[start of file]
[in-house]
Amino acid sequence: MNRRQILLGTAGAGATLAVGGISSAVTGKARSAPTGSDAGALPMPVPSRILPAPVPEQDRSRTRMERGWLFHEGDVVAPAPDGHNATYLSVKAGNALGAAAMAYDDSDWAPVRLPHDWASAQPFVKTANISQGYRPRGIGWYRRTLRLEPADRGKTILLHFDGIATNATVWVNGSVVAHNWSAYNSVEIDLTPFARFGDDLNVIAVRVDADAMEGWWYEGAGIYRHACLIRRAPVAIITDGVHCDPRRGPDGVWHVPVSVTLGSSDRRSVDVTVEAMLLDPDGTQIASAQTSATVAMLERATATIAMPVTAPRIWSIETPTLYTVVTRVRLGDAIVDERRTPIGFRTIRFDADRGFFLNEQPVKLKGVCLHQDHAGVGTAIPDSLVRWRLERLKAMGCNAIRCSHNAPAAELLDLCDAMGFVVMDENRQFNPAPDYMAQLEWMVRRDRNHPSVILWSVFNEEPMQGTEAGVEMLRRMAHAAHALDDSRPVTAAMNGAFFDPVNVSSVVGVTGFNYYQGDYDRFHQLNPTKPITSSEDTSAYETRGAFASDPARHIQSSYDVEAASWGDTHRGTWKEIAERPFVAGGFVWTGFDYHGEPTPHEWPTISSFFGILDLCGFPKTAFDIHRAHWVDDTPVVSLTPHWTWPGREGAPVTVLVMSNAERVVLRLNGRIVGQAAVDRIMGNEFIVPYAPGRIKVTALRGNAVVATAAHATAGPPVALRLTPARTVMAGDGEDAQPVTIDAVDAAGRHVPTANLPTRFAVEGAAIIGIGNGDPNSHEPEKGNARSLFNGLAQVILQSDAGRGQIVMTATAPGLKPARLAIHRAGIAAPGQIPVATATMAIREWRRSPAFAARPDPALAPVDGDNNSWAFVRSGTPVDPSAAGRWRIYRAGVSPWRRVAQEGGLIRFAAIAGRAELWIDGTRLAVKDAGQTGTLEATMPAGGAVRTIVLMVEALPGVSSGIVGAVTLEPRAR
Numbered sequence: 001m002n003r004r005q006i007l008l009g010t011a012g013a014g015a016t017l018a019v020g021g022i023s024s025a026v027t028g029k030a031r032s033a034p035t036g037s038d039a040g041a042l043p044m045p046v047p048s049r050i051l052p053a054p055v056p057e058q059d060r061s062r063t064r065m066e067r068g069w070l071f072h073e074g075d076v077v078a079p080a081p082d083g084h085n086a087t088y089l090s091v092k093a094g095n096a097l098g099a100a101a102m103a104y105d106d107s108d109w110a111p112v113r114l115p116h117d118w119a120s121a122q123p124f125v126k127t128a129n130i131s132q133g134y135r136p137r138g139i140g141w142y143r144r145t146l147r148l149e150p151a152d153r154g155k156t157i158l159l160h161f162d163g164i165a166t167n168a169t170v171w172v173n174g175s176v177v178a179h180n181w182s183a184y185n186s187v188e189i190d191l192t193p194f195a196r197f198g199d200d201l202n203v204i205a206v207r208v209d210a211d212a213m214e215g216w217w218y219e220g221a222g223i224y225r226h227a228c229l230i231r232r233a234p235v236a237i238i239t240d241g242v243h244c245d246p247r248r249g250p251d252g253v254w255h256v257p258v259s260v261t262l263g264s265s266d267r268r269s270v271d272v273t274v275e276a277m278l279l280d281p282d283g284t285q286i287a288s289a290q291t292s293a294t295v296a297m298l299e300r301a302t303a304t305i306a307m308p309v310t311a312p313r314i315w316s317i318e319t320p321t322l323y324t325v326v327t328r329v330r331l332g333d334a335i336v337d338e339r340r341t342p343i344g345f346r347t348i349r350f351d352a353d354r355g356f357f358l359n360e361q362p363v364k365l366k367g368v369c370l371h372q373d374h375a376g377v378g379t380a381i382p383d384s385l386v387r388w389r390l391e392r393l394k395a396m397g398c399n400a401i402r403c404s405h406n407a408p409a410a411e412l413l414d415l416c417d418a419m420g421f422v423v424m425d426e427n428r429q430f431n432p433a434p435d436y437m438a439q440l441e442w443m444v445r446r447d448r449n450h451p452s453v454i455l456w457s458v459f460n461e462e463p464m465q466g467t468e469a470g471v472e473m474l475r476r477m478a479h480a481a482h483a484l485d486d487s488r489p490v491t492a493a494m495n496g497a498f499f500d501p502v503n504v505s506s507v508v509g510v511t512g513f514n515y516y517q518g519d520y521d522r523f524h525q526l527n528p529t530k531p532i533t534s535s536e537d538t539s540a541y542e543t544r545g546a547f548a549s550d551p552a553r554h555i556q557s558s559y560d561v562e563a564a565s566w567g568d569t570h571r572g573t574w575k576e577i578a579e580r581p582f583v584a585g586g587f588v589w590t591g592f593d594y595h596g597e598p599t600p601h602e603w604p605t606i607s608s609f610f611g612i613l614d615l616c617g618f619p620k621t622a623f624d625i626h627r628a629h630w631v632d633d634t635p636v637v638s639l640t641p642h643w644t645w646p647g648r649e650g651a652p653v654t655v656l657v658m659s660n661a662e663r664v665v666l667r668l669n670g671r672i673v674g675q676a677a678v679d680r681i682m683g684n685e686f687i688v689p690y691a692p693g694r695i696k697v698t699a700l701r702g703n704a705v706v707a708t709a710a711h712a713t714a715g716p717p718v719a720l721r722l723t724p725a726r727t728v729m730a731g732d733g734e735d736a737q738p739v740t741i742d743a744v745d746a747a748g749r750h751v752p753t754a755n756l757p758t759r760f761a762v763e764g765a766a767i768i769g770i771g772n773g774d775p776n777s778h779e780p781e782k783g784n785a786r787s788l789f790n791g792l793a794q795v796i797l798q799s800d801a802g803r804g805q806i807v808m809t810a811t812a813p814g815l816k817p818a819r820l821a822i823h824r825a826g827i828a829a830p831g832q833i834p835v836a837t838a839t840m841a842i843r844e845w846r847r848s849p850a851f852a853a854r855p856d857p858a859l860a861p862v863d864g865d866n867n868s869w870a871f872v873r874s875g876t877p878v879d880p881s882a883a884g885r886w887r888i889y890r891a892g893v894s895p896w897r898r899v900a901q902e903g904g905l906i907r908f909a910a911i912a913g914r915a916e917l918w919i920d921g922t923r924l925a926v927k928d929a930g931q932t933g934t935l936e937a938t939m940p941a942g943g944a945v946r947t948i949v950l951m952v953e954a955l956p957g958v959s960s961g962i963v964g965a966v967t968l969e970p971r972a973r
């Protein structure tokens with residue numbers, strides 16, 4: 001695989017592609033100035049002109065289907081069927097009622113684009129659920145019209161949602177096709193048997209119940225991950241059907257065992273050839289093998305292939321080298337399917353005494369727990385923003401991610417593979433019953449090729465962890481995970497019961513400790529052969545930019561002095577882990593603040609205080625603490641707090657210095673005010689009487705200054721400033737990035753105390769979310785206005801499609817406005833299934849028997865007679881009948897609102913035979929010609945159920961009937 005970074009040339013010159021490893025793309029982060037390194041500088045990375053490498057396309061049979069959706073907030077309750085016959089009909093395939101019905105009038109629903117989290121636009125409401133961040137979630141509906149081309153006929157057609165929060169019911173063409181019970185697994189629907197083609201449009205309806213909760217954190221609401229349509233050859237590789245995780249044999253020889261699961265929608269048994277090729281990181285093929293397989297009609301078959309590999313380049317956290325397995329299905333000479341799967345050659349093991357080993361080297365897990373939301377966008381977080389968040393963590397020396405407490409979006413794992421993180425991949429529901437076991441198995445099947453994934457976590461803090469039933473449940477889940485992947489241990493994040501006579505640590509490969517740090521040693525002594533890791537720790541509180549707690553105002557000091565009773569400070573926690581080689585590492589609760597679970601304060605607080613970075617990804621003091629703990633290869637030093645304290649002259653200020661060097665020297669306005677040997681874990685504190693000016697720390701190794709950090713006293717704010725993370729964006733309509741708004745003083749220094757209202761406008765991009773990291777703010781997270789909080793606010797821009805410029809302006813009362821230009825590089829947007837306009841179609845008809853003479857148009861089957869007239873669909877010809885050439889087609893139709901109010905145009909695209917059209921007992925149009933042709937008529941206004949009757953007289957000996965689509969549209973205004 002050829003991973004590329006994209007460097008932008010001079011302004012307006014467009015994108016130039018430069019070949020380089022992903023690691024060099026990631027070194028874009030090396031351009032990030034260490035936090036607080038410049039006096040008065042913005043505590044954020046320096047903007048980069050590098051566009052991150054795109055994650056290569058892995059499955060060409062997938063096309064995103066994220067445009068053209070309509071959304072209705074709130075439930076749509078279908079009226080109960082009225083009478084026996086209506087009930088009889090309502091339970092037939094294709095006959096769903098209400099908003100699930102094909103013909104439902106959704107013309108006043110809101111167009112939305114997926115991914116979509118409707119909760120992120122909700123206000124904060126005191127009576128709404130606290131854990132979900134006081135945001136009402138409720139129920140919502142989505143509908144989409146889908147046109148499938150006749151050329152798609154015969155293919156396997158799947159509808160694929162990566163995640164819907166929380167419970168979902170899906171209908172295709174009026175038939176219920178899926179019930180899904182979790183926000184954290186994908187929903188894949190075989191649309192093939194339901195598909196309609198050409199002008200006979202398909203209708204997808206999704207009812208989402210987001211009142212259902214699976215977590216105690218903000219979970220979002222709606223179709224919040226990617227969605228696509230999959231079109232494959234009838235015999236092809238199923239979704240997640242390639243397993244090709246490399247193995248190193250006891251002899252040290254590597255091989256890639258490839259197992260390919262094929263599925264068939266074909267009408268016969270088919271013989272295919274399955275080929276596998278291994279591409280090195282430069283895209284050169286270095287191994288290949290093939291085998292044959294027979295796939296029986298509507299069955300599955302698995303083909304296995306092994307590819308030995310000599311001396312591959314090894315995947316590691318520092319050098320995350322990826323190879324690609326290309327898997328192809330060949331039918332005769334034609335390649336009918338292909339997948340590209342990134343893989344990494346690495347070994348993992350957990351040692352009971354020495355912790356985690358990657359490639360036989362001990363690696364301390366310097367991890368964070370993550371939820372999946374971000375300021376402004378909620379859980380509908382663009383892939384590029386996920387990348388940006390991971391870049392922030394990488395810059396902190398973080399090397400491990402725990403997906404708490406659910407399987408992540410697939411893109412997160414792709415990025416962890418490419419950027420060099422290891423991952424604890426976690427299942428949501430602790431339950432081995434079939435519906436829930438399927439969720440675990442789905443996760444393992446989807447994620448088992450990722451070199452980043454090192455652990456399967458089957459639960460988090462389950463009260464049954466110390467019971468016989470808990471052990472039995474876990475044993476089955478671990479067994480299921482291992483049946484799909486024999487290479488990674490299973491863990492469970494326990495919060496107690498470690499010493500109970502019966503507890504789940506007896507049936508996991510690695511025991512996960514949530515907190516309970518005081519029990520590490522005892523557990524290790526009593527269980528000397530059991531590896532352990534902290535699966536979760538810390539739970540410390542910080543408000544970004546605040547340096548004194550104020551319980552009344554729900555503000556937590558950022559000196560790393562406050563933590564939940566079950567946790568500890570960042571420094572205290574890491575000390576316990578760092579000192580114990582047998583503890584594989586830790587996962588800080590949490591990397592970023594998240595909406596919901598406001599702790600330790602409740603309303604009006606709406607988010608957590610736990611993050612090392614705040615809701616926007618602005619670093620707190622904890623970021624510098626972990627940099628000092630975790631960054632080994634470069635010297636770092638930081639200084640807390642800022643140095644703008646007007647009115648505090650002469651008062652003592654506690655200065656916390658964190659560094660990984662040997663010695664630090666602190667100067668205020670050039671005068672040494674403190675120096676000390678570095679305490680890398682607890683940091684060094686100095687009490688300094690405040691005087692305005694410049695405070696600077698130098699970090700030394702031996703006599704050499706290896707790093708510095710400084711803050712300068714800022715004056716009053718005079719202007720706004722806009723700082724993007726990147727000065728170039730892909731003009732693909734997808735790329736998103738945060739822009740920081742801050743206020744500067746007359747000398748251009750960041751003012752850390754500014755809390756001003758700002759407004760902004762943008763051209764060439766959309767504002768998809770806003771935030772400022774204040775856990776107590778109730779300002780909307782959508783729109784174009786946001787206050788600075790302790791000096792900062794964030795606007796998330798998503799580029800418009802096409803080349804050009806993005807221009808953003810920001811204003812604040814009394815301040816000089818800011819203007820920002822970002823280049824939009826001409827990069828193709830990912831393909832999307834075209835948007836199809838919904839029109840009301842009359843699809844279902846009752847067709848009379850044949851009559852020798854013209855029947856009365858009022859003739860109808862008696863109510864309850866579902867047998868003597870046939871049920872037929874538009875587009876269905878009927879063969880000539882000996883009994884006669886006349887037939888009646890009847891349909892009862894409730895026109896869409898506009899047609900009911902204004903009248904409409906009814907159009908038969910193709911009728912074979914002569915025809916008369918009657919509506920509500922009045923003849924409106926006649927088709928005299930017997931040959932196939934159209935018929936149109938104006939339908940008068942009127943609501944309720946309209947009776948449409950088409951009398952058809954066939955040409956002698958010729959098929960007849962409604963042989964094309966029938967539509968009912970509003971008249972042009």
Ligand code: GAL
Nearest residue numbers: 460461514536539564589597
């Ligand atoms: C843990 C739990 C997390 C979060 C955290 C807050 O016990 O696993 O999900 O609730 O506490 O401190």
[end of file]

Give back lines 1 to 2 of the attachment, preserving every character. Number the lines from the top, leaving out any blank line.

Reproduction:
[in-house]
Amino acid sequence: MNRRQILLGTAGAGATLAVGGISSAVTGKARSAPTGSDAGALPMPVPSRILPAPVPEQDRSRTRMERGWLFHEGDVVAPAPDGHNATYLSVKAGNALGAAAMAYDDSDWAPVRLPHDWASAQPFVKTANISQGYRPRGIGWYRRTLRLEPADRGKTILLHFDGIATNATVWVNGSVVAHNWSAYNSVEIDLTPFARFGDDLNVIAVRVDADAMEGWWYEGAGIYRHACLIRRAPVAIITDGVHCDPRRGPDGVWHVPVSVTLGSSDRRSVDVTVEAMLLDPDGTQIASAQTSATVAMLERATATIAMPVTAPRIWSIETPTLYTVVTRVRLGDAIVDERRTPIGFRTIRFDADRGFFLNEQPVKLKGVCLHQDHAGVGTAIPDSLVRWRLERLKAMGCNAIRCSHNAPAAELLDLCDAMGFVVMDENRQFNPAPDYMAQLEWMVRRDRNHPSVILWSVFNEEPMQGTEAGVEMLRRMAHAAHALDDSRPVTAAMNGAFFDPVNVSSVVGVTGFNYYQGDYDRFHQLNPTKPITSSEDTSAYETRGAFASDPARHIQSSYDVEAASWGDTHRGTWKEIAERPFVAGGFVWTGFDYHGEPTPHEWPTISSFFGILDLCGFPKTAFDIHRAHWVDDTPVVSLTPHWTWPGREGAPVTVLVMSNAERVVLRLNGRIVGQAAVDRIMGNEFIVPYAPGRIKVTALRGNAVVATAAHATAGPPVALRLTPARTVMAGDGEDAQPVTIDAVDAAGRHVPTANLPTRFAVEGAAIIGIGNGDPNSHEPEKGNARSLFNGLAQVILQSDAGRGQIVMTATAPGLKPARLAIHRAGIAAPGQIPVATATMAIREWRRSPAFAARPDPALAPVDGDNNSWAFVRSGTPVDPSAAGRWRIYRAGVSPWRRVAQEGGLIRFAAIAGRAELWIDGTRLAVKDAGQTGTLEATMPAGGAVRTIVLMVEALPGVSSGIVGAVTLEPRAR